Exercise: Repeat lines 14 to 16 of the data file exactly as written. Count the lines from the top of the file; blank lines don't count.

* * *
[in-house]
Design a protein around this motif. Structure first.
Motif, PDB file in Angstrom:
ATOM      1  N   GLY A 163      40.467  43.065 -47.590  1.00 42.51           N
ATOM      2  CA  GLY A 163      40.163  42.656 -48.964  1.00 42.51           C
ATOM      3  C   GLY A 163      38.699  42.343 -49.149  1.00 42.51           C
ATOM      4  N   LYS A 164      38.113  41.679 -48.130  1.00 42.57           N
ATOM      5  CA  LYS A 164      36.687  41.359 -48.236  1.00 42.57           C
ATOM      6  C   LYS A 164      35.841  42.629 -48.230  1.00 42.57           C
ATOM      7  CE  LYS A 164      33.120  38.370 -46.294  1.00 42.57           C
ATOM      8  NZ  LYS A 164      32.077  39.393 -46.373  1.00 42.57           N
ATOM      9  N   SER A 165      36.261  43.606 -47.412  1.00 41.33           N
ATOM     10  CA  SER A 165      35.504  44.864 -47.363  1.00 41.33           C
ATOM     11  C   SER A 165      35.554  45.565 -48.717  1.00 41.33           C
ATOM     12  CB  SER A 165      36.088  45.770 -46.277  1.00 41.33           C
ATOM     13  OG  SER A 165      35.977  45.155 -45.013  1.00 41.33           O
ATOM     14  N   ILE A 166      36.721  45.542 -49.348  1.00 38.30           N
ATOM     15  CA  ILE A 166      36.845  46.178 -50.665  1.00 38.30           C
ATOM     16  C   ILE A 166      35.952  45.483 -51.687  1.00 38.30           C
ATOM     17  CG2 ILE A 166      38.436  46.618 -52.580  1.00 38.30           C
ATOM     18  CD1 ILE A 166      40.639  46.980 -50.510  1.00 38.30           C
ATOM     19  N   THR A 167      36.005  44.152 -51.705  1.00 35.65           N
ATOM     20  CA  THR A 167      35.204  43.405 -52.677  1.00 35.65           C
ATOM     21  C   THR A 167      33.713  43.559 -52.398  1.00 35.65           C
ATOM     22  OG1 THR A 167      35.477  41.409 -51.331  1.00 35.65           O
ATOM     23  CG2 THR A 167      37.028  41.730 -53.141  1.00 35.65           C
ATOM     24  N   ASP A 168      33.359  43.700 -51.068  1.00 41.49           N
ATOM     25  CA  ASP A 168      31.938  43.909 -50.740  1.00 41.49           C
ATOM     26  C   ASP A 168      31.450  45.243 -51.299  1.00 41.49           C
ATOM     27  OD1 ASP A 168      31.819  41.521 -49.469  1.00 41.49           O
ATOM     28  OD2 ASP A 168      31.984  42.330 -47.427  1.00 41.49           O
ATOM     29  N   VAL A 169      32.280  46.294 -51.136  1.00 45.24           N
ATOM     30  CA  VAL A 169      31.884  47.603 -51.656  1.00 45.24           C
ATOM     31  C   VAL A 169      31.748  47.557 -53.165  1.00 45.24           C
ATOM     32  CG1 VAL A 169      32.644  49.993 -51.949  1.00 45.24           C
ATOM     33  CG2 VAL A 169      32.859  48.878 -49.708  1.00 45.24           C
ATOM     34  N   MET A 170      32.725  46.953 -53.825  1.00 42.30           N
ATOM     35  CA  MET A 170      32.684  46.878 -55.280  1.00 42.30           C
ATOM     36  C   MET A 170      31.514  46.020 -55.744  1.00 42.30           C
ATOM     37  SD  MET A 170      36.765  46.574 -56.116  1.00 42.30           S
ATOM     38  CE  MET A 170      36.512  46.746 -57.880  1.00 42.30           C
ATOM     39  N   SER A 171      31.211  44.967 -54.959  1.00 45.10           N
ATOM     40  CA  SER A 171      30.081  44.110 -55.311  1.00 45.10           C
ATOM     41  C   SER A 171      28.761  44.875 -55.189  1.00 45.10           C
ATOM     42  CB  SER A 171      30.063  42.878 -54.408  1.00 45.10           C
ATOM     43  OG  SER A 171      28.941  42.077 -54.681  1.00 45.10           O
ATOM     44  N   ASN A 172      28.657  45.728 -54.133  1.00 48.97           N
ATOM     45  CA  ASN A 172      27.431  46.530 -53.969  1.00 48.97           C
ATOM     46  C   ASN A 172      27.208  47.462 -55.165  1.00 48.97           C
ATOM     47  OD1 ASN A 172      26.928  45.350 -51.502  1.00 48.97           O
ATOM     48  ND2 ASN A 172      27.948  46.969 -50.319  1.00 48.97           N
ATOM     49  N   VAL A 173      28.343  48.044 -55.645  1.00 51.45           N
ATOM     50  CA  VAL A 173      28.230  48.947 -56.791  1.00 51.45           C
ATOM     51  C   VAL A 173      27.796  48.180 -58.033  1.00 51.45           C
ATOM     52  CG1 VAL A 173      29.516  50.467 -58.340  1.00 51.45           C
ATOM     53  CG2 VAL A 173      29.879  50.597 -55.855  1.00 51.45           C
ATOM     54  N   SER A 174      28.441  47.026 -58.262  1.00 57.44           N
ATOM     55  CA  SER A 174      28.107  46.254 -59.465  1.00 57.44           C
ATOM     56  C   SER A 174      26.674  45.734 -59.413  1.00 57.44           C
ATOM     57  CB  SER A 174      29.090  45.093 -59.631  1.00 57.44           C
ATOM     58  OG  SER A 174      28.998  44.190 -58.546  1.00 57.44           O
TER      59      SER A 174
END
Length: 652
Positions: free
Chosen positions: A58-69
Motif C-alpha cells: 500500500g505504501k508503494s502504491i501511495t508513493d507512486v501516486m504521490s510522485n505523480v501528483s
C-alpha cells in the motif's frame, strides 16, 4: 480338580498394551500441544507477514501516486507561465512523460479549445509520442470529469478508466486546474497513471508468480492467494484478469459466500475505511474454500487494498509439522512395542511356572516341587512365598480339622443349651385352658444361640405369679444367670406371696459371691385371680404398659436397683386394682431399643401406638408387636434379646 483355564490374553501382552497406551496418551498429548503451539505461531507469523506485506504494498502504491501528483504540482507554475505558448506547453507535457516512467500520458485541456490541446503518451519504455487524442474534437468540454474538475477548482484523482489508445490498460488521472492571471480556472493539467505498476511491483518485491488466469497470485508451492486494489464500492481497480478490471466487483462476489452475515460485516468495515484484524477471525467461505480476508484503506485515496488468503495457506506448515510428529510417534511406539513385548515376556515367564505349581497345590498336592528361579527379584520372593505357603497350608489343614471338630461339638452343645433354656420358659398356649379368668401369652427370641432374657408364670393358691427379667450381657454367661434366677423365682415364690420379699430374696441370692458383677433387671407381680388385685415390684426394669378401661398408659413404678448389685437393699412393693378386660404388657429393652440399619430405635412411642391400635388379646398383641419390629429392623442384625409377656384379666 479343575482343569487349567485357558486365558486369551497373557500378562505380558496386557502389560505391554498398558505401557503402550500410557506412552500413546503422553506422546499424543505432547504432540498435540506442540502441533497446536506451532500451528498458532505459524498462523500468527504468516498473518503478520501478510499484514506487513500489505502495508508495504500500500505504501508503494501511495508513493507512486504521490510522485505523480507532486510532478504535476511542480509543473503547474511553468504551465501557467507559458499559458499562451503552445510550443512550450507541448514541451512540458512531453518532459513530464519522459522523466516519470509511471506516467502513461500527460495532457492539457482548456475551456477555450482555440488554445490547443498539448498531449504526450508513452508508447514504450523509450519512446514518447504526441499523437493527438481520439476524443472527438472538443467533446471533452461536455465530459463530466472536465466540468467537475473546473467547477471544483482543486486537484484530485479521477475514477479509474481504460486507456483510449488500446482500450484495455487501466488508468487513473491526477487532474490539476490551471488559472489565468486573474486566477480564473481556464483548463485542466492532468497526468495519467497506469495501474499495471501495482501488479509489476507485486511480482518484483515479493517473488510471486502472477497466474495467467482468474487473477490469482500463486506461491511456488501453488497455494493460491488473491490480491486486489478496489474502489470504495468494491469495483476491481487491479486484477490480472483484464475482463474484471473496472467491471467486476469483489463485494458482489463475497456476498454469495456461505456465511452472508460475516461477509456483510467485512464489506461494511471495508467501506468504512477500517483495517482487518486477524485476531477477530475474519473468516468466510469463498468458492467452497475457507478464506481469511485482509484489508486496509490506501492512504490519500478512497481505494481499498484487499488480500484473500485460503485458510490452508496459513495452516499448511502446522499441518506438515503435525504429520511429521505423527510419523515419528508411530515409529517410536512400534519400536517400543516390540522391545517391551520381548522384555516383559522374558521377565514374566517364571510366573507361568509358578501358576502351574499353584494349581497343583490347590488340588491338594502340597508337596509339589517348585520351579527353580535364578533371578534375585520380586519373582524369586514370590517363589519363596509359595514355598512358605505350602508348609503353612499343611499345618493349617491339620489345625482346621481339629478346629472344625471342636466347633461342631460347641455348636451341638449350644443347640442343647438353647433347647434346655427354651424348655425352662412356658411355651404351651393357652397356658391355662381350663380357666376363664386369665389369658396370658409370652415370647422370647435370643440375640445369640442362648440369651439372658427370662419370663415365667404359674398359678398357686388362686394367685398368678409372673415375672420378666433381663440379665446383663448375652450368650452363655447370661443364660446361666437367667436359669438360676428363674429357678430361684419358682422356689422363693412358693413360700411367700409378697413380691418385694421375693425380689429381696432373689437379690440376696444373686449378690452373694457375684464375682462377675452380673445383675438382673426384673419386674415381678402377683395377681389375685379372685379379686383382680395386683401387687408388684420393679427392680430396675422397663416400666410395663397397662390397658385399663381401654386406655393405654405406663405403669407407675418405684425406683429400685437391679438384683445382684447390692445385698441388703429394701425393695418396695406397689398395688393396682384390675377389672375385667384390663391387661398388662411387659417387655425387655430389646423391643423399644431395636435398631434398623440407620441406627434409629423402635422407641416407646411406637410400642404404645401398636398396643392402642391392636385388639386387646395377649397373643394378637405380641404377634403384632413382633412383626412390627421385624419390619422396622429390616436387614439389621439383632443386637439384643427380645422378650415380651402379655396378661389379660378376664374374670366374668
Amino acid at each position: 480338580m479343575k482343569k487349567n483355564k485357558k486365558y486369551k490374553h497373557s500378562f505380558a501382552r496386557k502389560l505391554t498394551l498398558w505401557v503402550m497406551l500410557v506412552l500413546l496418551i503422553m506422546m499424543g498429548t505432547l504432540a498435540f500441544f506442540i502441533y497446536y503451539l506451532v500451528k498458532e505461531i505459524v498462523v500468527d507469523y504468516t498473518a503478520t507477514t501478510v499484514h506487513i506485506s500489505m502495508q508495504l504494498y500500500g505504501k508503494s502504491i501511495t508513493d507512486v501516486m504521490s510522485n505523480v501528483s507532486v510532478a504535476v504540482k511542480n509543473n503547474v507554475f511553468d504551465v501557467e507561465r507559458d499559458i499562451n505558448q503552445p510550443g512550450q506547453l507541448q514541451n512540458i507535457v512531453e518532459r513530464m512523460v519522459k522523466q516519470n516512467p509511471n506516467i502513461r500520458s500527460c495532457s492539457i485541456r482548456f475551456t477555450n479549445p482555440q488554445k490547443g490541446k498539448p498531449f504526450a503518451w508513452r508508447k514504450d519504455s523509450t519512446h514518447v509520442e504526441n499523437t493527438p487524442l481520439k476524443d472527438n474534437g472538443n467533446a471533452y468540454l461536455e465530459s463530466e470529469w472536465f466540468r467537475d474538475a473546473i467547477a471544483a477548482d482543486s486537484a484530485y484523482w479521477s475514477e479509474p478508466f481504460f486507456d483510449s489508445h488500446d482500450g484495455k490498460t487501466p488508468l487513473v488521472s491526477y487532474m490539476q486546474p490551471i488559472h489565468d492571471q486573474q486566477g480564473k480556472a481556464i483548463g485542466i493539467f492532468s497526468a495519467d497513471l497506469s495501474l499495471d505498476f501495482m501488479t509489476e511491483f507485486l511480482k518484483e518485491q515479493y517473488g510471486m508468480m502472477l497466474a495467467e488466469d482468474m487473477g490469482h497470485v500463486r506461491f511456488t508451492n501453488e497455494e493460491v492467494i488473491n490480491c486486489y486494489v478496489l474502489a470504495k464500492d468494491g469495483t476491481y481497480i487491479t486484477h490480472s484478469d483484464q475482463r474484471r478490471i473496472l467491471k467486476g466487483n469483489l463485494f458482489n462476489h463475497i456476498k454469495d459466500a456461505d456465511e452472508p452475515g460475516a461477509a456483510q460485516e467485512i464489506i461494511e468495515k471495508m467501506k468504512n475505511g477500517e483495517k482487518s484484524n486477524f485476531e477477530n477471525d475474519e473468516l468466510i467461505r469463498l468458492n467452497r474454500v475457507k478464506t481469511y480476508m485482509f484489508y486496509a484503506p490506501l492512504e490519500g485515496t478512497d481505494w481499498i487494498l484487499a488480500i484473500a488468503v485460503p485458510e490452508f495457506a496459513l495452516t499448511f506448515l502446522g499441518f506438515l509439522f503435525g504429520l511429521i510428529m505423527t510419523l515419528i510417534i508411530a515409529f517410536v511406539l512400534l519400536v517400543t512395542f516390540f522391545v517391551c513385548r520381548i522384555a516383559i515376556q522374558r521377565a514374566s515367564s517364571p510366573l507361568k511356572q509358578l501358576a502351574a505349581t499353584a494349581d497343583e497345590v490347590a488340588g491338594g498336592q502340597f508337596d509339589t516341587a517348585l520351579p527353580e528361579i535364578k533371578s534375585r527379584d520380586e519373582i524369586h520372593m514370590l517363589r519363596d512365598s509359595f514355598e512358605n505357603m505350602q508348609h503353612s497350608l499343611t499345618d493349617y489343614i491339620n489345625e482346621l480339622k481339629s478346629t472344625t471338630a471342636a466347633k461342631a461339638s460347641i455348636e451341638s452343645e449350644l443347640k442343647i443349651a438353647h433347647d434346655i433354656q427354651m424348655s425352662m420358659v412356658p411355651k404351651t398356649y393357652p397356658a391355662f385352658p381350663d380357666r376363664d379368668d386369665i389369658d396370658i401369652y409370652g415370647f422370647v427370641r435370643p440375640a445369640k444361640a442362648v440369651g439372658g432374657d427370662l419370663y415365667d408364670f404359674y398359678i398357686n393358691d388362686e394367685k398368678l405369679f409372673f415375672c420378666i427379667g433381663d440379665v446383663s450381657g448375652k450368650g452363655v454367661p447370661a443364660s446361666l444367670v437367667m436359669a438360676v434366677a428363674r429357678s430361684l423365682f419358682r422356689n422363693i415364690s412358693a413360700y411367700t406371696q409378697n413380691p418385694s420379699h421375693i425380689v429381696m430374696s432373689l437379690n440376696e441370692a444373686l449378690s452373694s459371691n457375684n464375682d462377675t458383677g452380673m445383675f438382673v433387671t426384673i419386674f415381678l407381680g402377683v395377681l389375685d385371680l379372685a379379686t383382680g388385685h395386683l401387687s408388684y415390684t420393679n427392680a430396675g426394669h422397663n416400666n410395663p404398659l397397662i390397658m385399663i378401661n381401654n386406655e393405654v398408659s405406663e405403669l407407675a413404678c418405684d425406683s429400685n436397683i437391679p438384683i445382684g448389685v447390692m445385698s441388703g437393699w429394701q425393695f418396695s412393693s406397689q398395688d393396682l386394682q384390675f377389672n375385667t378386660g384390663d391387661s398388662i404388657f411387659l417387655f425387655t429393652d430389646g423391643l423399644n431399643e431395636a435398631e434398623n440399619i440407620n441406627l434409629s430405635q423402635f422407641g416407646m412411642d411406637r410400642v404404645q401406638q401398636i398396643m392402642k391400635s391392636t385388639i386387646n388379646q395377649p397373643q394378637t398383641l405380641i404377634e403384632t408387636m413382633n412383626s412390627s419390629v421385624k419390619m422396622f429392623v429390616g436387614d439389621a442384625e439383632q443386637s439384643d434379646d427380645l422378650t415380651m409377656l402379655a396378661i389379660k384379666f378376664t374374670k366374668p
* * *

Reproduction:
ATOM     11  C   SER A 165      35.554  45.565 -48.717  1.00 41.33           C
ATOM     12  CB  SER A 165      36.088  45.770 -46.277  1.00 41.33           C
ATOM     13  OG  SER A 165      35.977  45.155 -45.013  1.00 41.33           O